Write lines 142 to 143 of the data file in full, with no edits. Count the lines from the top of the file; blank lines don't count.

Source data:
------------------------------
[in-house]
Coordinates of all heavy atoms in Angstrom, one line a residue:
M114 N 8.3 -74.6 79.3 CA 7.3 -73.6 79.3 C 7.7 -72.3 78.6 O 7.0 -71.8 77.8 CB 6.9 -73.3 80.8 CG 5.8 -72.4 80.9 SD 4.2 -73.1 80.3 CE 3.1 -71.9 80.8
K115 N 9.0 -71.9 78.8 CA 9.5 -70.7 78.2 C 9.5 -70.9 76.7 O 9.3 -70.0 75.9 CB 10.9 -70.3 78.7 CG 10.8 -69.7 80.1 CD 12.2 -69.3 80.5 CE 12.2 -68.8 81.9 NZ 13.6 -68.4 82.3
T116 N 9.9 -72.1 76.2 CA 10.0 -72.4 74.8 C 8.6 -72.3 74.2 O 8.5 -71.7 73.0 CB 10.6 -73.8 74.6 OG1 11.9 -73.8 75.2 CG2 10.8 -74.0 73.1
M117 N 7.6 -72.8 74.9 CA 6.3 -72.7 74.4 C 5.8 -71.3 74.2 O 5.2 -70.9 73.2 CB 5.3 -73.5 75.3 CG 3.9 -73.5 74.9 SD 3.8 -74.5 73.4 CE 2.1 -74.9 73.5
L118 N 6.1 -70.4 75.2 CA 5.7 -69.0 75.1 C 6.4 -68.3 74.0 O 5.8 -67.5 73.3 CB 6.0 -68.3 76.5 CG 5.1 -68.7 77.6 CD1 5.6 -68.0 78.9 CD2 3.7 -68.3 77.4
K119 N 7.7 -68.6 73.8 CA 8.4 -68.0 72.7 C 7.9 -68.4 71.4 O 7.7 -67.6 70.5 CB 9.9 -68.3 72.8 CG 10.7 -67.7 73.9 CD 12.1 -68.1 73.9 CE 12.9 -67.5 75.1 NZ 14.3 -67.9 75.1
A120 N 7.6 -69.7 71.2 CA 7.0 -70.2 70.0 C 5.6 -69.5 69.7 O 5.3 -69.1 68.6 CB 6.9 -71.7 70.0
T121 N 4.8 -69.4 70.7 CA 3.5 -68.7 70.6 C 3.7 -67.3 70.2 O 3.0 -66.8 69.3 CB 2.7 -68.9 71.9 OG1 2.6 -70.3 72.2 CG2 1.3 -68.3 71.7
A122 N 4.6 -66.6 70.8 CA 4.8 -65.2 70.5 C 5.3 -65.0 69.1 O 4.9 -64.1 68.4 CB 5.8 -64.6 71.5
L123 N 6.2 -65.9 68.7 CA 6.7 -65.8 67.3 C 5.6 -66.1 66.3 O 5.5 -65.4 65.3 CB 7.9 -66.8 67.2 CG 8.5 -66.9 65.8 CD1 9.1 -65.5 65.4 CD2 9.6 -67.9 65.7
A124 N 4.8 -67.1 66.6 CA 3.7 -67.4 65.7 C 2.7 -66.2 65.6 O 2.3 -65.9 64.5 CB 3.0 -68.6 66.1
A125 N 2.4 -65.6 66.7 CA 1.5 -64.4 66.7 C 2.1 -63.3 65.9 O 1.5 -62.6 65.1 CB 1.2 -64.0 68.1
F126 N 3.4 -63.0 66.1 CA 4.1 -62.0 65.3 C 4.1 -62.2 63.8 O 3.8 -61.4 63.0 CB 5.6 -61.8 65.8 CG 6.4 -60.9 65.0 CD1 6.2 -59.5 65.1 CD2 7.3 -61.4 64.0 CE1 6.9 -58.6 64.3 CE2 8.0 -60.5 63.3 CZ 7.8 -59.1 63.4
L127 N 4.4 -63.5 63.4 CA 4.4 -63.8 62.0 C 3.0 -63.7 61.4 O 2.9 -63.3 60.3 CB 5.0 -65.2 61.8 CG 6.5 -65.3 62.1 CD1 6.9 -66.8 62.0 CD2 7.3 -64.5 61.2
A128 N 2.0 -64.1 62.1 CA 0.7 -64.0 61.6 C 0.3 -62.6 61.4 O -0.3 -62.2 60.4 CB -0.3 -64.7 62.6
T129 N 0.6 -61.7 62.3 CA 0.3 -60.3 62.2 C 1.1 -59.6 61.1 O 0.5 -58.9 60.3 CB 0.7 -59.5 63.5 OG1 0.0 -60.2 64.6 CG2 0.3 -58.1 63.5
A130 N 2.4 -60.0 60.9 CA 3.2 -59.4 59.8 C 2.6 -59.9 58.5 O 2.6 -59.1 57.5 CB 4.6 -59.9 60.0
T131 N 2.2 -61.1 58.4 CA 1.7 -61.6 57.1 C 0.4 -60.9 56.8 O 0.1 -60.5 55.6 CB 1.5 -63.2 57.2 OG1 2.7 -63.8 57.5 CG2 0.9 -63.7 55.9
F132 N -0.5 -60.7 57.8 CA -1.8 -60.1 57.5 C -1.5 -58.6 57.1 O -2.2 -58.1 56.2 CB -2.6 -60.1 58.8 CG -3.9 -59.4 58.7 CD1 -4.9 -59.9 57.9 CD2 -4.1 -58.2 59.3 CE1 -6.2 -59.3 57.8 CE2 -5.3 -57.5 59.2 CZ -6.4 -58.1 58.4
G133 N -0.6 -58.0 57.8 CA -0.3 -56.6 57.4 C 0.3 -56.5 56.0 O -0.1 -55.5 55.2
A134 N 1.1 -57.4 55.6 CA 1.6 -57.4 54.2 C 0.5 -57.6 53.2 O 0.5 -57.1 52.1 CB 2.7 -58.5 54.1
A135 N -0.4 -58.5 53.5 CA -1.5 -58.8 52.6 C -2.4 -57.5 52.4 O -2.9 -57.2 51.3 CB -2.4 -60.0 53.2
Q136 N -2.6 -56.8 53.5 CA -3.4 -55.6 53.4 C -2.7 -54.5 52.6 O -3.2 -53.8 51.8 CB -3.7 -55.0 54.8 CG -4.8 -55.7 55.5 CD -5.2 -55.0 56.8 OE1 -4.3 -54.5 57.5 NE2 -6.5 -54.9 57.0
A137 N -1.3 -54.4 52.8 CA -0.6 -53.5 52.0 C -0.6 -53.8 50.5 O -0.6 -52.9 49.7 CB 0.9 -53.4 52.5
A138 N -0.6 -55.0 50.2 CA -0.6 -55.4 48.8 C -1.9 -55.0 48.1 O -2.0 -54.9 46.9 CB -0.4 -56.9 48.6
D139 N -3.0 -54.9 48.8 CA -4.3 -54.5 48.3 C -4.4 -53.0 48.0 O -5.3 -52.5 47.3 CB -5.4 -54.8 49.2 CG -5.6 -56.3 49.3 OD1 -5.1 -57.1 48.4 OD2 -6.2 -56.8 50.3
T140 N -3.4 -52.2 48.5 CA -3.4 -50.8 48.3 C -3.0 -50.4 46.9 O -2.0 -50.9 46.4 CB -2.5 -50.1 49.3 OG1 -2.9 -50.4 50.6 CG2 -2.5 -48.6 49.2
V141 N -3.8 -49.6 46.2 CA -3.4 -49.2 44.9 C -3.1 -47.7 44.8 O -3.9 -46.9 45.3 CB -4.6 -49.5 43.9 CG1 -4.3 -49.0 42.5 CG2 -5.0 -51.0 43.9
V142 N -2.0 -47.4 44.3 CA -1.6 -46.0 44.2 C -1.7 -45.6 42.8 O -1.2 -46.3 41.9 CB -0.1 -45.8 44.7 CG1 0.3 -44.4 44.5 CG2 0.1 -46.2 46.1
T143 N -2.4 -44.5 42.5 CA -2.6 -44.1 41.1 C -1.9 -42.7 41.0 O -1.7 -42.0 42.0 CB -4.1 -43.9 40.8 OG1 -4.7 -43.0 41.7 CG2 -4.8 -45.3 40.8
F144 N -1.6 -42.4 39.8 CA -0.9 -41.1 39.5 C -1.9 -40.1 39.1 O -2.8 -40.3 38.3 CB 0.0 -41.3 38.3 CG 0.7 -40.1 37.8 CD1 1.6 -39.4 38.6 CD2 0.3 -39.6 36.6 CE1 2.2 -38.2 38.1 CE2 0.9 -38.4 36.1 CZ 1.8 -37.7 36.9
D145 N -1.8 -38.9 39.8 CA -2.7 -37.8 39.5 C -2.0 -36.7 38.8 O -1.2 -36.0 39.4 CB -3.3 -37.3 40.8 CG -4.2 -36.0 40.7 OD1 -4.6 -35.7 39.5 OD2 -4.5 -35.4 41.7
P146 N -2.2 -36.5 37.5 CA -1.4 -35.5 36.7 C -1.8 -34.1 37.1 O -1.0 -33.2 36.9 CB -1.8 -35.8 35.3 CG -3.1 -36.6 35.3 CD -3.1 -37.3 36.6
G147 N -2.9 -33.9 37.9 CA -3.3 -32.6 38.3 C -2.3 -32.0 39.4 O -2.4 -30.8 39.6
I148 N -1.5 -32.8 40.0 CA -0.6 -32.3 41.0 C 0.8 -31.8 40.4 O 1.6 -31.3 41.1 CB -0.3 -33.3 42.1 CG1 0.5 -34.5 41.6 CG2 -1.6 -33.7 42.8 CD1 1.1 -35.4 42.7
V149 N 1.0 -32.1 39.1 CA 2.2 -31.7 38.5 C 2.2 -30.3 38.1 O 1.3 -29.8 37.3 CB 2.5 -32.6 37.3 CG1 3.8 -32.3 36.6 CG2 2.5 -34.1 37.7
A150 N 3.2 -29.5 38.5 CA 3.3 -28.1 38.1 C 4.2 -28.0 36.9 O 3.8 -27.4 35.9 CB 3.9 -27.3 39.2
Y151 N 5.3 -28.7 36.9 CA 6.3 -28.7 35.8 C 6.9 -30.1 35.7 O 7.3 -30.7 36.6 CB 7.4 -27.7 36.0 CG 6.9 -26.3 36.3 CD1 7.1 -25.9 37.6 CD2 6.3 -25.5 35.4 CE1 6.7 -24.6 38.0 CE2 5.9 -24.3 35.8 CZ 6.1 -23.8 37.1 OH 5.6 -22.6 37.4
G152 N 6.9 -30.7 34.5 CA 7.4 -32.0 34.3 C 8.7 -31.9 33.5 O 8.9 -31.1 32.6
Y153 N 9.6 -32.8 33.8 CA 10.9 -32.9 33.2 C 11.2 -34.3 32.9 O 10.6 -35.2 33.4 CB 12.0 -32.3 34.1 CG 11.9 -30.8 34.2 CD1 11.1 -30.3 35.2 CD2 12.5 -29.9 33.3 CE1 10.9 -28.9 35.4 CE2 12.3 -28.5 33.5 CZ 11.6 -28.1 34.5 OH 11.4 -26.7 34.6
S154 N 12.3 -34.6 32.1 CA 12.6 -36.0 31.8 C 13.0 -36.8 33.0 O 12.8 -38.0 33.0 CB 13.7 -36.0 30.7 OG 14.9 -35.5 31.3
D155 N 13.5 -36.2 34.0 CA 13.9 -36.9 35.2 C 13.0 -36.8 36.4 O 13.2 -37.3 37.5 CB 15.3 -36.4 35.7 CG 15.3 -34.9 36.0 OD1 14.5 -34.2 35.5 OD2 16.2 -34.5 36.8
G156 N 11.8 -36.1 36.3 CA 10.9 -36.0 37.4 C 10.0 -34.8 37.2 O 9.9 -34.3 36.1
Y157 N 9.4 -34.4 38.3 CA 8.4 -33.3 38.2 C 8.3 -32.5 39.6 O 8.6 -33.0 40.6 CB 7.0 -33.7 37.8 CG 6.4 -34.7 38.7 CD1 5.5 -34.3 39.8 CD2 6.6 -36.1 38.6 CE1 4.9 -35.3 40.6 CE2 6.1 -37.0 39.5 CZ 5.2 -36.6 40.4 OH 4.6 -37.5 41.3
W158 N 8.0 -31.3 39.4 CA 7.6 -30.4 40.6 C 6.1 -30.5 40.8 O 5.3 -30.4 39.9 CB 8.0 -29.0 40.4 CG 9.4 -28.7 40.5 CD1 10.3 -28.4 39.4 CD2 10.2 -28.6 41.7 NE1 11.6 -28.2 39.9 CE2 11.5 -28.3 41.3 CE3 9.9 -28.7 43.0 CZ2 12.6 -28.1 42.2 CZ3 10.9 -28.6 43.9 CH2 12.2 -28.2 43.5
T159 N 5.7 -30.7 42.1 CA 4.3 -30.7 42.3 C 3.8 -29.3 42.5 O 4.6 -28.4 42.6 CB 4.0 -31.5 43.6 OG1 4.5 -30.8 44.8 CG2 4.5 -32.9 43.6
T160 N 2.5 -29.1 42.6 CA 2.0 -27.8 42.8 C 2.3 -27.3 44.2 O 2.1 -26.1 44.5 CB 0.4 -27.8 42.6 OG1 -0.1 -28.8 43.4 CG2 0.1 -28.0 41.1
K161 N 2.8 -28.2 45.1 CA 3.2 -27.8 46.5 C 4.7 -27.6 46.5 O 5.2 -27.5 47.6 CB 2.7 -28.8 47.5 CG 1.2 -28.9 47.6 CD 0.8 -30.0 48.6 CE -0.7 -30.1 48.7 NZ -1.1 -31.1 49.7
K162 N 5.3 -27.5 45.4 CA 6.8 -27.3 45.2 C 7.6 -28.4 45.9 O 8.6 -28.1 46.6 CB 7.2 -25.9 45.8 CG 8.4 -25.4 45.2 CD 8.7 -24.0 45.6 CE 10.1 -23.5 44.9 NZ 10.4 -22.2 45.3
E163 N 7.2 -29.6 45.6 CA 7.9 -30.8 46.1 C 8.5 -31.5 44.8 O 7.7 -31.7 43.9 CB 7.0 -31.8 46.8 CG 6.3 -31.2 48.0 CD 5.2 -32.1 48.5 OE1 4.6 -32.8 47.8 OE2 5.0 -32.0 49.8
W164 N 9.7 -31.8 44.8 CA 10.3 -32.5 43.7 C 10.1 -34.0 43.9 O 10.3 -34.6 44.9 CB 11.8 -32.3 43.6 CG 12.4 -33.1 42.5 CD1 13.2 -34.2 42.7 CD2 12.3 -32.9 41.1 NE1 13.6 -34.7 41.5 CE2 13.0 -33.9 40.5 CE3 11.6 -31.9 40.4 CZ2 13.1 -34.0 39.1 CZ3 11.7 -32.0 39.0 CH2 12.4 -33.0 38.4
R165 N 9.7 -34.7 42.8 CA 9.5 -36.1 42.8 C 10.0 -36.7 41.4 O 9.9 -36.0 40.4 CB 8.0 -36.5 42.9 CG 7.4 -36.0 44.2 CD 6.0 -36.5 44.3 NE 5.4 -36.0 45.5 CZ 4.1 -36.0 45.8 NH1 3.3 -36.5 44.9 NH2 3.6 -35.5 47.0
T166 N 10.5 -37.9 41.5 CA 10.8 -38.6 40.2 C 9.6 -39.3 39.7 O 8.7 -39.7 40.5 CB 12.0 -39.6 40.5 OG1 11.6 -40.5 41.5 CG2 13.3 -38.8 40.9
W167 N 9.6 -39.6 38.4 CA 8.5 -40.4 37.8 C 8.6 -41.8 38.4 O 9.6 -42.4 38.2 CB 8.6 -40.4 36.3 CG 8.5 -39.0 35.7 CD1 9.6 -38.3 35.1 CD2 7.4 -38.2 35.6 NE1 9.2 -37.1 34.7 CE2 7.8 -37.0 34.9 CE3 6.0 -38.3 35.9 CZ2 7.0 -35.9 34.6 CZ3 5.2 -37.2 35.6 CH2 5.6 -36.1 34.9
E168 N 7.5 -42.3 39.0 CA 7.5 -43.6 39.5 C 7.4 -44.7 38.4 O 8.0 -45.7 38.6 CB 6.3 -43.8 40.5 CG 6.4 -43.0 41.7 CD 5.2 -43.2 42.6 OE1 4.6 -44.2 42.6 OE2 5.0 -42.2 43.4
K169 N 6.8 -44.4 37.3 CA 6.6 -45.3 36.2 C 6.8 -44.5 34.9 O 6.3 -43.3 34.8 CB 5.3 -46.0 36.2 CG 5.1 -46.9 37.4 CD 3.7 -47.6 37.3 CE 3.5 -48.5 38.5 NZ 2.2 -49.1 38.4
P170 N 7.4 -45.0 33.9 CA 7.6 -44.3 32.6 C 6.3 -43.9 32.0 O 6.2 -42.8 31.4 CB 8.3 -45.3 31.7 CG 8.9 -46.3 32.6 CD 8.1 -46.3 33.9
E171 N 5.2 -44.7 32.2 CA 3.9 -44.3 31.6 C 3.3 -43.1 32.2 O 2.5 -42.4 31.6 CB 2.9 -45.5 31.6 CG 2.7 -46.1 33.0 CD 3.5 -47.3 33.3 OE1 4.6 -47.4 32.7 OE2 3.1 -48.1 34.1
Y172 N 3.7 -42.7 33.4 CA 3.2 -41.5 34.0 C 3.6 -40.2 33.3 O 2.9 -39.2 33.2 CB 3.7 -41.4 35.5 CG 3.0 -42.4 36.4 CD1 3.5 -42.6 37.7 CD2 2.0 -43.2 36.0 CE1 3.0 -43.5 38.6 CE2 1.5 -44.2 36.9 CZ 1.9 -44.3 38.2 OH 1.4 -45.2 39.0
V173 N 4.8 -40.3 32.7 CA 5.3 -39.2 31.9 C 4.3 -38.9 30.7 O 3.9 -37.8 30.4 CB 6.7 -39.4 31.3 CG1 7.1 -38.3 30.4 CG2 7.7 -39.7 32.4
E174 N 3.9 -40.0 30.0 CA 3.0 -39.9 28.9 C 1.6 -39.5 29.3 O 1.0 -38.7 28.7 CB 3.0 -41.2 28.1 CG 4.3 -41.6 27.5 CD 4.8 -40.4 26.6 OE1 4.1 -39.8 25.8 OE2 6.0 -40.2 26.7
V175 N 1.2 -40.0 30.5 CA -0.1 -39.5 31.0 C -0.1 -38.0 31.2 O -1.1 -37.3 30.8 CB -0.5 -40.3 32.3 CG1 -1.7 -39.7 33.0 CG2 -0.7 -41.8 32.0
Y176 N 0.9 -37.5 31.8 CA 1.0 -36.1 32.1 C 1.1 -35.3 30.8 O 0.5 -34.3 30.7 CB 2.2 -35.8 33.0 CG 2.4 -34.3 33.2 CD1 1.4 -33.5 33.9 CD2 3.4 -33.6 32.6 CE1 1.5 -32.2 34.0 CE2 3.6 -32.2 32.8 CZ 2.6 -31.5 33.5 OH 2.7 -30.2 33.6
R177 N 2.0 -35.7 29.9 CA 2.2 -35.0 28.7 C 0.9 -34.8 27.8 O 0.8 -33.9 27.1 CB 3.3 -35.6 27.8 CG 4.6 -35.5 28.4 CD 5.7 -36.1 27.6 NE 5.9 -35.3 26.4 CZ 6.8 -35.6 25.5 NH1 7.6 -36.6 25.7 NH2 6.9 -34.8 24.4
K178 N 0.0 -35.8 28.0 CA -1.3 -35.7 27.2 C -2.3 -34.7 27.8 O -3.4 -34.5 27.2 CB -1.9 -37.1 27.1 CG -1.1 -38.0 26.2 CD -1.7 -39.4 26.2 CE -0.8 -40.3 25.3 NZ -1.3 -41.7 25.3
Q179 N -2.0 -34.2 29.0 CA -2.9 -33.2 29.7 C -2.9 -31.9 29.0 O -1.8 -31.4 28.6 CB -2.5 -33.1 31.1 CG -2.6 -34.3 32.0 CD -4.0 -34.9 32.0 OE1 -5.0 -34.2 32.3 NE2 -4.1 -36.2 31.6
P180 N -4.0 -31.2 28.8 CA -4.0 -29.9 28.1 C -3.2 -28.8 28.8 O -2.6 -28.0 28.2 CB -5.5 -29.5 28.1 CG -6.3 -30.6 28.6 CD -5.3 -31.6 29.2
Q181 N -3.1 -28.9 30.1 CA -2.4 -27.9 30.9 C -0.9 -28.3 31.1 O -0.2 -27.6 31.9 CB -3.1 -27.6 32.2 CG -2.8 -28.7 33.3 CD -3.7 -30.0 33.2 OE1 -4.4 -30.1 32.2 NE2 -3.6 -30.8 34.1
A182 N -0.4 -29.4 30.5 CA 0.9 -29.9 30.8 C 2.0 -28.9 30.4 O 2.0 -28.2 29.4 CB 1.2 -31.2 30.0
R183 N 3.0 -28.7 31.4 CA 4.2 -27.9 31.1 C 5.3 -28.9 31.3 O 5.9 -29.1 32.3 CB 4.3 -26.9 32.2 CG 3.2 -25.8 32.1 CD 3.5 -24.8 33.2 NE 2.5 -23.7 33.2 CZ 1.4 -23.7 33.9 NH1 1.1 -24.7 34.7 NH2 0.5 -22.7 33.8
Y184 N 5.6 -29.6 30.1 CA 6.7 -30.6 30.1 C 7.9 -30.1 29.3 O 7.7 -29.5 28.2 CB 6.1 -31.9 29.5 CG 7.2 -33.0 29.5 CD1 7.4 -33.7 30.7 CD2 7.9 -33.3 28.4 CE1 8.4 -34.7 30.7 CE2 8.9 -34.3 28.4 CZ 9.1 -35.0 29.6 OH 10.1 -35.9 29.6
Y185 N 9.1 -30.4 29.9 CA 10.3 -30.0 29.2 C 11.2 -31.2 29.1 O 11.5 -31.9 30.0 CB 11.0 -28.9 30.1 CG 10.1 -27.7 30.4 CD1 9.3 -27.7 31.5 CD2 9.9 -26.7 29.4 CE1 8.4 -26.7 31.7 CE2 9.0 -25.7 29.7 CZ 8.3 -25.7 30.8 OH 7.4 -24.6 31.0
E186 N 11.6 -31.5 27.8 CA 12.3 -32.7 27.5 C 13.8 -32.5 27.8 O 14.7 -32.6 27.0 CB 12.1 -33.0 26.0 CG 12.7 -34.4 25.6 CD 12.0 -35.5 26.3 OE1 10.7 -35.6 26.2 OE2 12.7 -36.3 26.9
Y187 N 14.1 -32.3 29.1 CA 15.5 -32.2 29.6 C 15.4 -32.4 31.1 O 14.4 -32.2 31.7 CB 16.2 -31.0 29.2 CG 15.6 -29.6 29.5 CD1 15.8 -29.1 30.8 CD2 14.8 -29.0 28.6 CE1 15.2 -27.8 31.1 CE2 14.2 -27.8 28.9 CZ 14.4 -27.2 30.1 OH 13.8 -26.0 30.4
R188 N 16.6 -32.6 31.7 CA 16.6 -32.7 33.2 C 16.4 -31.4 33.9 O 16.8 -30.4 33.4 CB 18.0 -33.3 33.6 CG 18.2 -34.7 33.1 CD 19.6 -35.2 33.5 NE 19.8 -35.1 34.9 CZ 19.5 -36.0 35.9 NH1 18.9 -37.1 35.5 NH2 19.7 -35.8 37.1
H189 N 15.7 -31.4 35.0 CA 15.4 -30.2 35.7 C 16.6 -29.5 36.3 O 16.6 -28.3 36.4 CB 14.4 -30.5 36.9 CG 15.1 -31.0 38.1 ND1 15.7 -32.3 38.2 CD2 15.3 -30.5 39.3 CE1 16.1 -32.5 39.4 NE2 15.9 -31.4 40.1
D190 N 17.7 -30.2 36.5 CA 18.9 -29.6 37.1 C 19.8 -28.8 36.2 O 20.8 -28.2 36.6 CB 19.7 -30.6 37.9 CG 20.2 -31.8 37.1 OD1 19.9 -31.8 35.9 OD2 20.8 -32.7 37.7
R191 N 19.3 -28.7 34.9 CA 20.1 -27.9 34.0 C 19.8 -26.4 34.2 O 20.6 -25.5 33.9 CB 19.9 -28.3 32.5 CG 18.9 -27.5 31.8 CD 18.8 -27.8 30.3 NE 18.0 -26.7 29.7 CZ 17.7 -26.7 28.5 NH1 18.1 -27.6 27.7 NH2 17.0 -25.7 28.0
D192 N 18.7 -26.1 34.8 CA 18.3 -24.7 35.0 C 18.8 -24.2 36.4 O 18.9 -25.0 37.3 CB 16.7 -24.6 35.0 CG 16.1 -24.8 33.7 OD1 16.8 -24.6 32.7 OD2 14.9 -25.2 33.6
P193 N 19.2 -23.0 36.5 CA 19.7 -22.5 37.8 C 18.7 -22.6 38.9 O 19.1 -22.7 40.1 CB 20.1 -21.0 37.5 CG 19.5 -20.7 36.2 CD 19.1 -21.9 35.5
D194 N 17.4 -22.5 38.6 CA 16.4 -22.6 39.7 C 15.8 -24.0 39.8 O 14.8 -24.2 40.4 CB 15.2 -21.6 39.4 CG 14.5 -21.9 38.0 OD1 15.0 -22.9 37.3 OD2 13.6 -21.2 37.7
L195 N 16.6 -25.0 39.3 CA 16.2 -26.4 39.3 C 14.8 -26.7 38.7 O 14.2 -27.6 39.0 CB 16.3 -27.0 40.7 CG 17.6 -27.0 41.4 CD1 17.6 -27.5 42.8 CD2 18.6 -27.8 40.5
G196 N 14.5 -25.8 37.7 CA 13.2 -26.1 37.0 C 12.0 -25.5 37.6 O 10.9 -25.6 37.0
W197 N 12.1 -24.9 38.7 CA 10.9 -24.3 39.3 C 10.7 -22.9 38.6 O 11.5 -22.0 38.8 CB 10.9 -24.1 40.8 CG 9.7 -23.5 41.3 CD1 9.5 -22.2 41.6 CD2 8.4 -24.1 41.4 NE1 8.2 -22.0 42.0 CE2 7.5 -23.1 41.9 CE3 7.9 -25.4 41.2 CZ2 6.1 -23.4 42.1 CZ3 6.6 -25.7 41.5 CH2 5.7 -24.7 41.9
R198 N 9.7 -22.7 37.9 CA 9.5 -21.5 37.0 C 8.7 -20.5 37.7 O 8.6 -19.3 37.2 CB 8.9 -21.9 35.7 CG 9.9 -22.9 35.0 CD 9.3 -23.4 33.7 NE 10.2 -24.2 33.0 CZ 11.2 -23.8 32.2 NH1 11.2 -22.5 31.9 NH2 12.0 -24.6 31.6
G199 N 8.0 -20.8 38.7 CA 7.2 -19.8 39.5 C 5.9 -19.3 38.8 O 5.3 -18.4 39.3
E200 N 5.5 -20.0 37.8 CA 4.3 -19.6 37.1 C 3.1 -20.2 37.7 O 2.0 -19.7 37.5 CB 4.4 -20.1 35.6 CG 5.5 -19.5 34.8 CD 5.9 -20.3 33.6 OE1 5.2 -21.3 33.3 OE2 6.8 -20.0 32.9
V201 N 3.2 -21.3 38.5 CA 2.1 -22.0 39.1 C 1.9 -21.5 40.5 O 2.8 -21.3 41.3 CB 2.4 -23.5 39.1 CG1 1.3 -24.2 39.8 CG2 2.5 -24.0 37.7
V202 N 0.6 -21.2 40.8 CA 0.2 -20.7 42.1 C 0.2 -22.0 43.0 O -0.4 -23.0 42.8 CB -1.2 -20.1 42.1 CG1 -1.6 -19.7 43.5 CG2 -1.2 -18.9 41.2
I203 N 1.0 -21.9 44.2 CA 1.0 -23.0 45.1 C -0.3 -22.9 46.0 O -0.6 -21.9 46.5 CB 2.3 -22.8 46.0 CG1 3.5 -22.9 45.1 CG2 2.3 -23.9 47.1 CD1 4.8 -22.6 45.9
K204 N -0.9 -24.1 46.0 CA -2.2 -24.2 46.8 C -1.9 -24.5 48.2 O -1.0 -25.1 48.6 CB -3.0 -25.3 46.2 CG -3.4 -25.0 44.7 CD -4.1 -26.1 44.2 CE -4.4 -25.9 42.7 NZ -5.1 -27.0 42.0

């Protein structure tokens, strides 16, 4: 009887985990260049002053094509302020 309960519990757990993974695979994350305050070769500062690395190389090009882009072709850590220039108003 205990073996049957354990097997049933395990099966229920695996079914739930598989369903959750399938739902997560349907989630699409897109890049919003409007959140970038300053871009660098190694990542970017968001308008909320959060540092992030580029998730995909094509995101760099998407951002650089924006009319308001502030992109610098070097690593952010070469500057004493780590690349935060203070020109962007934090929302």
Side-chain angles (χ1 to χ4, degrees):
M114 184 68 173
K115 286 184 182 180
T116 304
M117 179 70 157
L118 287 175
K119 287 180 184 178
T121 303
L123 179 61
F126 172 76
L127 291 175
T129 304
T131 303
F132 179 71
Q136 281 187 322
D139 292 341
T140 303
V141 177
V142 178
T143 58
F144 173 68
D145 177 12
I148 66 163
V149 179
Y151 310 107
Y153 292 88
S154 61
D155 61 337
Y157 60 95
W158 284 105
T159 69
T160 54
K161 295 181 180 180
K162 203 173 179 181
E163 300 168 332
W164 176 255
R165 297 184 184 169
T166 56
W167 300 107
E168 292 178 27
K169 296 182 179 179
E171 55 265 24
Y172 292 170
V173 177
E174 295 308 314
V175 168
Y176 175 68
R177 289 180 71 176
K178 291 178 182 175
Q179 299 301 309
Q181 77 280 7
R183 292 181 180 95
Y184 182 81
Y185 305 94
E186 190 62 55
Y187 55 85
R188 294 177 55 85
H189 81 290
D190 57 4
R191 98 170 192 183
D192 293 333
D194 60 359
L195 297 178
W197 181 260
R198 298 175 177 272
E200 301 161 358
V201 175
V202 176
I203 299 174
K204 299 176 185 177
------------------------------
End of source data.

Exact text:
R177 289 180 71 176
K178 291 178 182 175